Furthermore, the focused electron beam 216 is able to individually scan the display elements 214, such that each of the display elements 214 may be individually bombarded with a different number of electrons by the focused beam 216. For instance, the display elements 214 of the first row of the rows 234 are individually scanned from the left column of the columns 232 to the right column of the columns 232, then the elements 214 of the second row of the rows 234 are individually scanned from the left column of the columns 232 to the right column of the columns 232, and so on. A frame of the display information may result in the individual scanning of the display elements 214 in this manner one or more times.
The line 306 indicates this ratio on the y-axis 302 as the electron energy is increased on the x-axis 304. As the energy increases, the ratio increases within the region 318 demarcated by the y-axis 302 and the vertical line 315. Within the region 318, the display element is charged negative, because the ratio is less than one, corresponding to fewer electrons leaving the display element than electrons bombarding the element. At the point 308, the ratio reaches a value of one, at which the number of electrons leaving the display element is equal to the number of electrons bombarding the element. As the electron energy continues to increase, the ratio increases and then decreases within the region 320 demarcated by the vertical lines 315 and 316. Within the region 320, the display element is charged positive, because the ratio is greater than one, corresponding to more electrons leaving the display element than electrons bombarding the element. At the point 310, the ratio again reaches a value of one, at which the number of electrons leaving the display element is equal to the number of electrons bombarding the element. As the electron energy continues to increase, the ratio decreases within the region 322 demarcated by the vertical line 316. Within the region 322, the display element is again charged negative, because the ratio is less than one.
The points 308 and 310 are referred to as crossovers, where the point 308 is the first crossover, and the point 310 is the second crossover. The first crossover is within an unstable region, because the surface of the display element tends not to remain charged at a given electrostatic potential at the point 308. By comparison, the second crossover is within a stable region, because the surface of the display element tends to remain charged at the given electrostatic potential at the point 310. Once the display element has entered the region in which the point 310 lies by bombarding electrons from a focused electron beam, a flood electron beam may then be employed to maintain the display element within this region. Thus, by controlling the value of the ratio of electrons leaving the display element to electrons bombarding the element, the display element may be charged either positive or negative, and may be maintained at the point 310. The value of the ratio depends on the composition of the surface of the display element, the surface area of this surface, as well as the energy of the bombarding electrons.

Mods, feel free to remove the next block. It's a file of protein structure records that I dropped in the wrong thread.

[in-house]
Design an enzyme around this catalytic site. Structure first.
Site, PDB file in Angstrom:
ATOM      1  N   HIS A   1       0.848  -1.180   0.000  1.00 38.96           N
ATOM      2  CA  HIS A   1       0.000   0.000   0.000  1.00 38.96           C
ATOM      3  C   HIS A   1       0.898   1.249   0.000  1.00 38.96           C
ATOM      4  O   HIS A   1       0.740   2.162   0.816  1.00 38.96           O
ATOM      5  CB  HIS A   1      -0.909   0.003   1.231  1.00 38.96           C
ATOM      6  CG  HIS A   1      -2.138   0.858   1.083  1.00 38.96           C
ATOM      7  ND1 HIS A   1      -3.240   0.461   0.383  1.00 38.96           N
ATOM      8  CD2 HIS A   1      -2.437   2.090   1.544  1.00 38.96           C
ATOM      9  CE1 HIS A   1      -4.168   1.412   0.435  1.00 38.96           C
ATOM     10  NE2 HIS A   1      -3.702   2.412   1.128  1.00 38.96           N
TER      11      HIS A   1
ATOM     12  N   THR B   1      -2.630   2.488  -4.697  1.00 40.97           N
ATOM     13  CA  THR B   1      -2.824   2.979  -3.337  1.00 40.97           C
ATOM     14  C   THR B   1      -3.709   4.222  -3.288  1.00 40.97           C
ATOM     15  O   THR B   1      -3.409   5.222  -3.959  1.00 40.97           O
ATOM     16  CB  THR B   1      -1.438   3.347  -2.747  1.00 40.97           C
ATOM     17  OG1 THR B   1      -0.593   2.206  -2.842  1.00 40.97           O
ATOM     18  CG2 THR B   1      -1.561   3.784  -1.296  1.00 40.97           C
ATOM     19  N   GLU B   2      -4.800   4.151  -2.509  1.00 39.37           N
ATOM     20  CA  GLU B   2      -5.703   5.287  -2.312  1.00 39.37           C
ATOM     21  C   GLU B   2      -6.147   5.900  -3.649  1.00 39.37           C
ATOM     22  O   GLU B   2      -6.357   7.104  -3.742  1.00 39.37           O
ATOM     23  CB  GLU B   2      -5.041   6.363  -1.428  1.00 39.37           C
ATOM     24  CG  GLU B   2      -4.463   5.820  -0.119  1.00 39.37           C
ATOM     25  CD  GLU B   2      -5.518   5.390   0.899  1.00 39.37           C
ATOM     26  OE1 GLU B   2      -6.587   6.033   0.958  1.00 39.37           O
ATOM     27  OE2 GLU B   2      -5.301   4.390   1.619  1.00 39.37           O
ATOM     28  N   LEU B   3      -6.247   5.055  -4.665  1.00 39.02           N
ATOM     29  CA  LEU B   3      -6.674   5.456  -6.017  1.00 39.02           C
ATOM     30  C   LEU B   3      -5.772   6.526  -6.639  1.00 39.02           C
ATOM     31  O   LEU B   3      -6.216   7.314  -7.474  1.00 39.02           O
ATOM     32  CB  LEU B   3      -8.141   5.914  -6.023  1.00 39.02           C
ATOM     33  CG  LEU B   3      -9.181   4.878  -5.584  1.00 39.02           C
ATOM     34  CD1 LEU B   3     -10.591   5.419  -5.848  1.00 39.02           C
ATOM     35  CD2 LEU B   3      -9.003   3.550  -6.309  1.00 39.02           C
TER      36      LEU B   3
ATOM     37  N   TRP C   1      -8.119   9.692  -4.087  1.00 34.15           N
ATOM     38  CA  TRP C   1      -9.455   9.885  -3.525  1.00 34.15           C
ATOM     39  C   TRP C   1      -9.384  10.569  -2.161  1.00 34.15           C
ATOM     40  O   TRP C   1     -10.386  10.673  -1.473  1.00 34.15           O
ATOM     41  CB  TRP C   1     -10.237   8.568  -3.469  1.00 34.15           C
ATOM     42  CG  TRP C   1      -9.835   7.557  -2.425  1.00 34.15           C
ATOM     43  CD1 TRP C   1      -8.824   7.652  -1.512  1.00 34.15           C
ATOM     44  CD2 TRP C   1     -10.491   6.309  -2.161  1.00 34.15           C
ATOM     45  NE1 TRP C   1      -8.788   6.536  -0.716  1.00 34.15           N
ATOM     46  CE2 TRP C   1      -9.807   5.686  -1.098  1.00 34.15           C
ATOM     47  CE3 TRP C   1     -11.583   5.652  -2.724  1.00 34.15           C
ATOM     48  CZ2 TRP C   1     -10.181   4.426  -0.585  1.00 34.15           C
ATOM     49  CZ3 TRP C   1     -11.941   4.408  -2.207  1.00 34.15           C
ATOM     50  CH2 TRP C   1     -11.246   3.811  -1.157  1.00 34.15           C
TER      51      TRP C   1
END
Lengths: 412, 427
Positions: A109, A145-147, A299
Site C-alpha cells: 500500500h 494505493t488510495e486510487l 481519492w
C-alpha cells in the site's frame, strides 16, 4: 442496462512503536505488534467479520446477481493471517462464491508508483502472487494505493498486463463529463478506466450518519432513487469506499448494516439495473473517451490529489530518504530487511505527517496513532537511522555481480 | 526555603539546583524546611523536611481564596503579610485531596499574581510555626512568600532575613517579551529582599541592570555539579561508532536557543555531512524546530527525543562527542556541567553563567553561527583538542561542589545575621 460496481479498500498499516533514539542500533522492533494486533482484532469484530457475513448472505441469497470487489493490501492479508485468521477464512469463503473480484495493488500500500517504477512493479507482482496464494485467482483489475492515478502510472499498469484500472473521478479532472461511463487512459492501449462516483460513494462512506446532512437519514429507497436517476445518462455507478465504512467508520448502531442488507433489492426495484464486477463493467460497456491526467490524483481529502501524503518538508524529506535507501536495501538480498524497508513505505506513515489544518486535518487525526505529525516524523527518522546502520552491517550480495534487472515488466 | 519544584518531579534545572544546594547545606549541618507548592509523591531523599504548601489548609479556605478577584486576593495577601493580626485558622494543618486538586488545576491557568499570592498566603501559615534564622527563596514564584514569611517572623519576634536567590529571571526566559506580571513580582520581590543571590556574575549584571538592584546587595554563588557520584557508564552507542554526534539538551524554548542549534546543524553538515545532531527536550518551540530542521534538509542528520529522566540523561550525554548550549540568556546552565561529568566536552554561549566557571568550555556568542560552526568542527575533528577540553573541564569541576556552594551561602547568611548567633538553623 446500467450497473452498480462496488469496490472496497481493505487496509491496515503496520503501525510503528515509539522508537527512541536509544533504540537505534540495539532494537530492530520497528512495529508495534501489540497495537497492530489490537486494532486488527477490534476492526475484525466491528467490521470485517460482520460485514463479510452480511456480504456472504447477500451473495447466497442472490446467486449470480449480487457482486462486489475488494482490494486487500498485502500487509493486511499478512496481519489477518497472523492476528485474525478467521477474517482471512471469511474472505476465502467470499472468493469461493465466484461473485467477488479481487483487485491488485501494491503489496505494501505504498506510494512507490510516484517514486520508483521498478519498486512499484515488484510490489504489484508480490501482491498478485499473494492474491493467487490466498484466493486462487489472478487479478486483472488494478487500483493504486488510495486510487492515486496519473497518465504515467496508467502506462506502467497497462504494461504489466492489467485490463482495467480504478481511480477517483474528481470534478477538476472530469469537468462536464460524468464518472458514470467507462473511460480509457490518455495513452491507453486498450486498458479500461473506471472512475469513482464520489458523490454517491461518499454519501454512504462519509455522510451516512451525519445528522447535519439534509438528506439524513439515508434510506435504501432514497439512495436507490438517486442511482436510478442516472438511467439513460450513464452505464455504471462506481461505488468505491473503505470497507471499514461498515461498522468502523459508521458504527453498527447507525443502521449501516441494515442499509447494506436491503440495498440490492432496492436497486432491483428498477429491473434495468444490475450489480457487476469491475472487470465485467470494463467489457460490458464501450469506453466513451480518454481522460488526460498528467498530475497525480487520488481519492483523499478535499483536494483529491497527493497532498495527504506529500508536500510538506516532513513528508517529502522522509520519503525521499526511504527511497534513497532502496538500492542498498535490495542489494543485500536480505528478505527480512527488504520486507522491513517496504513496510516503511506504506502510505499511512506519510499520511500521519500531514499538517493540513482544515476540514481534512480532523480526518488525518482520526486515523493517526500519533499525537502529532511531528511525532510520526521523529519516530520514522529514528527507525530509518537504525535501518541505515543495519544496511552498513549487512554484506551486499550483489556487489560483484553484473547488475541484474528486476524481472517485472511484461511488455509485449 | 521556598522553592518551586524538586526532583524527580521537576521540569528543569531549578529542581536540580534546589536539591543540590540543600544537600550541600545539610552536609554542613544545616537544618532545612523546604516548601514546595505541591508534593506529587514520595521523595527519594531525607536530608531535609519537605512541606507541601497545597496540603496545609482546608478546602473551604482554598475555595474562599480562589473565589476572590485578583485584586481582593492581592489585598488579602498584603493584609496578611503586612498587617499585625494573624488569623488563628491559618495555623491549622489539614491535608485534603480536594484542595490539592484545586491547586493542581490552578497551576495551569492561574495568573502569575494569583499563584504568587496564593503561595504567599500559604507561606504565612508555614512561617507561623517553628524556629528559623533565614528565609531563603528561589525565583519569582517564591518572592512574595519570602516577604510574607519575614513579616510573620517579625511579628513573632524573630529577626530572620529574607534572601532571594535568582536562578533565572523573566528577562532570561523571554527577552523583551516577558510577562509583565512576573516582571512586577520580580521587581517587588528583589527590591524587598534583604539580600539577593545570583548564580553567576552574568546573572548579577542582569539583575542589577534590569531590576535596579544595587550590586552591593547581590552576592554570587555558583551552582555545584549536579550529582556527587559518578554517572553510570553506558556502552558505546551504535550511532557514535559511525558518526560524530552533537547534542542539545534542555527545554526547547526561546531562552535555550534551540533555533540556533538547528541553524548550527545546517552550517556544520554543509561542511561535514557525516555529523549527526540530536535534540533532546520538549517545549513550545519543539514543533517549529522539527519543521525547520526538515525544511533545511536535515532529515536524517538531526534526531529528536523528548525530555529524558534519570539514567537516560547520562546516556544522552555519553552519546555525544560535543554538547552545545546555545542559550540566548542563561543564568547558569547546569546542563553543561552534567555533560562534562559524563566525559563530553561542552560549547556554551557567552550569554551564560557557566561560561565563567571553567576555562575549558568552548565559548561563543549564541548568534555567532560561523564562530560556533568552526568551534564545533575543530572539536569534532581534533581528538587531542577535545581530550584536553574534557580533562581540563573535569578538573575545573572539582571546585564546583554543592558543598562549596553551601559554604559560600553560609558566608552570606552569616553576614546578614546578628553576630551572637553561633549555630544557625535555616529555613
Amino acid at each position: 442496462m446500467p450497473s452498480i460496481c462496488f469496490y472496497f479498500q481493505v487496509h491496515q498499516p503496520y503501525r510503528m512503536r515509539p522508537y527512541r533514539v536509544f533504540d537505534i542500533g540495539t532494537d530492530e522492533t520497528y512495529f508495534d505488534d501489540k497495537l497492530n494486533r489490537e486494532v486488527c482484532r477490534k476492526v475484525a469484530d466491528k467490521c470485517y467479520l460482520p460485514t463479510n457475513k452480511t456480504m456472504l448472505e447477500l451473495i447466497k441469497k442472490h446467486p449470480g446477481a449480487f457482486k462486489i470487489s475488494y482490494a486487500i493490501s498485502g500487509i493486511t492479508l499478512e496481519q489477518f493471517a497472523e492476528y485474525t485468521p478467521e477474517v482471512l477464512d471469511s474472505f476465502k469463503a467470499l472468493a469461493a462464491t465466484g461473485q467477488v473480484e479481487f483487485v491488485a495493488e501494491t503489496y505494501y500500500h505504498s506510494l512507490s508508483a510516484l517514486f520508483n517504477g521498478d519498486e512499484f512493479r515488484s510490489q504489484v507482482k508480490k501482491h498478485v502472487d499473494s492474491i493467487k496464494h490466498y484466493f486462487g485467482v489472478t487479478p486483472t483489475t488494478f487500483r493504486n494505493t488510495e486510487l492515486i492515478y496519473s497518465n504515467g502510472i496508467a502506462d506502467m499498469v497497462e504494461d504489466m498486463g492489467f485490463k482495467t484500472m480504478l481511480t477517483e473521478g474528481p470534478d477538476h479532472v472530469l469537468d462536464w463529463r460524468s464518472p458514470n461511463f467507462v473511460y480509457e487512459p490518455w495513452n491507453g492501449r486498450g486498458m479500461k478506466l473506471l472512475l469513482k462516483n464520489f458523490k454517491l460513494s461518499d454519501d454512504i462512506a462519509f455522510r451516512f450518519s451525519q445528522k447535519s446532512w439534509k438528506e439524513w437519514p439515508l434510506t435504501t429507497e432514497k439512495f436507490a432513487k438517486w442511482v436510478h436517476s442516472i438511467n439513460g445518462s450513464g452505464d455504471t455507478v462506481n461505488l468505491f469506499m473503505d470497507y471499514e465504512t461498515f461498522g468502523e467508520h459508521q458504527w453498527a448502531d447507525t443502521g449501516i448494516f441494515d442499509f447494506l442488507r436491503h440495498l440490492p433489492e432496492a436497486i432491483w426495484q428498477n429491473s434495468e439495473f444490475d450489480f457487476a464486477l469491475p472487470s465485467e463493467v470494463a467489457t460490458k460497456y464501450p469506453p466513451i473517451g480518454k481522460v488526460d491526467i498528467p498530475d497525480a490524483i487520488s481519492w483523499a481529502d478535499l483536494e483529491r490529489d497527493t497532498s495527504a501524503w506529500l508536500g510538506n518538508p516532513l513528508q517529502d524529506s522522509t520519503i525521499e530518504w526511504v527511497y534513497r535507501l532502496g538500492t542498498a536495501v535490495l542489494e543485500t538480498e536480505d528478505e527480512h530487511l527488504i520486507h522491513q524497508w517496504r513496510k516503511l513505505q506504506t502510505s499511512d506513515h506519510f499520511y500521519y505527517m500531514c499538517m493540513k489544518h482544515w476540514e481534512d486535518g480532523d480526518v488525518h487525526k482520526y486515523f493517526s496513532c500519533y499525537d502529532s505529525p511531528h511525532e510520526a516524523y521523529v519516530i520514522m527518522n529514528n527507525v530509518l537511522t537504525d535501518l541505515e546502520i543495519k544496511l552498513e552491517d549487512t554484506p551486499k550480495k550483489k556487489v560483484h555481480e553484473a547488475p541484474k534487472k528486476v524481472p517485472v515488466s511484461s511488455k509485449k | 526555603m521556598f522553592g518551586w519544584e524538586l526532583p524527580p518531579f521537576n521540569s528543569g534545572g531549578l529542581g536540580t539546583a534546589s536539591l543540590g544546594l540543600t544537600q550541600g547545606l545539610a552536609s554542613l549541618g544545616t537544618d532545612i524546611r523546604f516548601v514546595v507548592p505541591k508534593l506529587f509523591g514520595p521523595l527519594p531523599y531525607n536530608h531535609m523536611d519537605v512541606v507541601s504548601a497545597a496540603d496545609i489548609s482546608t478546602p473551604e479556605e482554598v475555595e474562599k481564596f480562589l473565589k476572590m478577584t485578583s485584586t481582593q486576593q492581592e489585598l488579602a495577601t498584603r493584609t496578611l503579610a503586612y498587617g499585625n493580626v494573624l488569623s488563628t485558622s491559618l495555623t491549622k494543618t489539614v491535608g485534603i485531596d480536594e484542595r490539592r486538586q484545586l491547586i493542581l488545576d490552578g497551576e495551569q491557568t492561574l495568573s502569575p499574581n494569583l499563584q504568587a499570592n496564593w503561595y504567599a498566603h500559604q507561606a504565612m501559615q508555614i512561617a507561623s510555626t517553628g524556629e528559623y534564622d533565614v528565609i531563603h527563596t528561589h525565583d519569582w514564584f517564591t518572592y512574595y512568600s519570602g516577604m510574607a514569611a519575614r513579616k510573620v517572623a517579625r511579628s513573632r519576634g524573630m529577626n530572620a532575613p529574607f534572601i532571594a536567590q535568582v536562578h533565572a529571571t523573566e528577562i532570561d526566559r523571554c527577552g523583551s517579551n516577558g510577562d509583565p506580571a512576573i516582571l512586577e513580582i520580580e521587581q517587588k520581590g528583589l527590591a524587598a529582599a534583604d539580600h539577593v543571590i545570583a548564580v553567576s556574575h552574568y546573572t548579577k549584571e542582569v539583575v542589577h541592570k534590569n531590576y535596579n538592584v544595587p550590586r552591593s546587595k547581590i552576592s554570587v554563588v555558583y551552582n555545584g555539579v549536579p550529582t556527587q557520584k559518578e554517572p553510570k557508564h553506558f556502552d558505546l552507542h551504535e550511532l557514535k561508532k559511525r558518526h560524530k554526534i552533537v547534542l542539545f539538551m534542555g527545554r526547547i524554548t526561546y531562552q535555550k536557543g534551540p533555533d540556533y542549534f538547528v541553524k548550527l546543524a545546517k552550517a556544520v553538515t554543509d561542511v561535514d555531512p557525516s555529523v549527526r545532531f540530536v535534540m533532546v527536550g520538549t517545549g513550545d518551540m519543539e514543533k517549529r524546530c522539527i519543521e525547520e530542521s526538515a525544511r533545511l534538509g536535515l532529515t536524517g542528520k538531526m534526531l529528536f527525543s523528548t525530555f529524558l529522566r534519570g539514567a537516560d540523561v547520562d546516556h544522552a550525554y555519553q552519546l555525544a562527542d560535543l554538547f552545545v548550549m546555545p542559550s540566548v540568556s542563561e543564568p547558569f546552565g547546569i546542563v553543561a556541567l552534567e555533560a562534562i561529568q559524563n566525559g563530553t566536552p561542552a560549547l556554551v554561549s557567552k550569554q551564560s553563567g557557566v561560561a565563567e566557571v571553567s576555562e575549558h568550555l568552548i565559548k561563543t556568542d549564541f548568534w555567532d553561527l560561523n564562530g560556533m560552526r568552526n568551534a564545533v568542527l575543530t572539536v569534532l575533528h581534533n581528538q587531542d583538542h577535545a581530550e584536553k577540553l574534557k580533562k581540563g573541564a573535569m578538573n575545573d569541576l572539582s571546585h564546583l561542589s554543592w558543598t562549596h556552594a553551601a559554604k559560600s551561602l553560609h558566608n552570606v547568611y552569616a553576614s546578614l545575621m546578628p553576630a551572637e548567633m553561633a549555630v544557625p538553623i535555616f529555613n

More generally, the display element is charged via the focused beam inducing a charge on the display element. In one embodiment, a negative or a positive charge is induced on the display element, and an opposite mirror charge is induced on the plate against which the display element is disposed. Thus, if a negative charge is induced on the display element, a positive charge is induced on the plate, and vice-versa. As a result, the display element has an attractive force towards the plate. In another embodiment, the same type of charge, positive or negative, is induced on both the display element and the plate. In this embodiment, the display element has a repelling force away from the plate.
In at least some embodiments of the invention, the charge induced on a display element via the focused beam is proportional to the length of time that the beam scans the display element. That is, the longer the beam focuses on a given display element, the greater the charge that is induced on the display element. This allows different display elements to have different charges induced thereon by the focused beam.
The focused electron beam 216 bombards the reflective membrane 406 with primary electrons, and thus causes the reflective membrane 406 to emit secondary electrons as has been described in conjunction with the graph 300 of FIG. 3. As a result, the reflective membrane 406 becomes charged positive or negative. Where the plate 212 also has a charge, this means that the reflective membrane 406 is able to rotate from the position at which it is shown in